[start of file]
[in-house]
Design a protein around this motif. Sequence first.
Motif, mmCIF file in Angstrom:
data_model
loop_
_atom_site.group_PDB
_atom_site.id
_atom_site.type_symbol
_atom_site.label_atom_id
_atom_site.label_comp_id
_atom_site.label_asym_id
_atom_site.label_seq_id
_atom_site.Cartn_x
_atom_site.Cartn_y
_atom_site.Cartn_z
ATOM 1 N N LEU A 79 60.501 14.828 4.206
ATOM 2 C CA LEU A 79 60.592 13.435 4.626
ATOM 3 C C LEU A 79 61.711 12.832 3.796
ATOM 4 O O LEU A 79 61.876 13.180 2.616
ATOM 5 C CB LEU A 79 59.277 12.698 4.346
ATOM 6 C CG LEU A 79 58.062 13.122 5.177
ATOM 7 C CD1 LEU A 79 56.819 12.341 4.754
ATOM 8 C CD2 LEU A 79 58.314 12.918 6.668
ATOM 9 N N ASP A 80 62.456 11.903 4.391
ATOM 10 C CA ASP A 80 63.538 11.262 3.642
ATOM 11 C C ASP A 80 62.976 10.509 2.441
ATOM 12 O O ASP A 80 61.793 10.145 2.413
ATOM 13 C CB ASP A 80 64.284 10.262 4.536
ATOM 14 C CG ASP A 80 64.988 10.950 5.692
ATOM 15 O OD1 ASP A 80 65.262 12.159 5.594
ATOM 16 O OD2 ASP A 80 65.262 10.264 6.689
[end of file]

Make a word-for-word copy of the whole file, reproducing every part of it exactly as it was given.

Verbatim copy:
[in-house]
Design a protein around this motif. Sequence first.
Motif, mmCIF file in Angstrom:
data_model
loop_
_atom_site.group_PDB
_atom_site.id
_atom_site.type_symbol
_atom_site.label_atom_id
_atom_site.label_comp_id
_atom_site.label_asym_id
_atom_site.label_seq_id
_atom_site.Cartn_x
_atom_site.Cartn_y
_atom_site.Cartn_z
ATOM 1 N N LEU A 79 60.501 14.828 4.206
ATOM 2 C CA LEU A 79 60.592 13.435 4.626
ATOM 3 C C LEU A 79 61.711 12.832 3.796
ATOM 4 O O LEU A 79 61.876 13.180 2.616
ATOM 5 C CB LEU A 79 59.277 12.698 4.346
ATOM 6 C CG LEU A 79 58.062 13.122 5.177
ATOM 7 C CD1 LEU A 79 56.819 12.341 4.754
ATOM 8 C CD2 LEU A 79 58.314 12.918 6.668
ATOM 9 N N ASP A 80 62.456 11.903 4.391
ATOM 10 C CA ASP A 80 63.538 11.262 3.642
ATOM 11 C C ASP A 80 62.976 10.509 2.441
ATOM 12 O O ASP A 80 61.793 10.145 2.413
ATOM 13 C CB ASP A 80 64.284 10.262 4.536
ATOM 14 C CG ASP A 80 64.988 10.950 5.692
ATOM 15 O OD1 ASP A 80 65.262 12.159 5.594
ATOM 16 O OD2 ASP A 80 65.262 10.264 6.689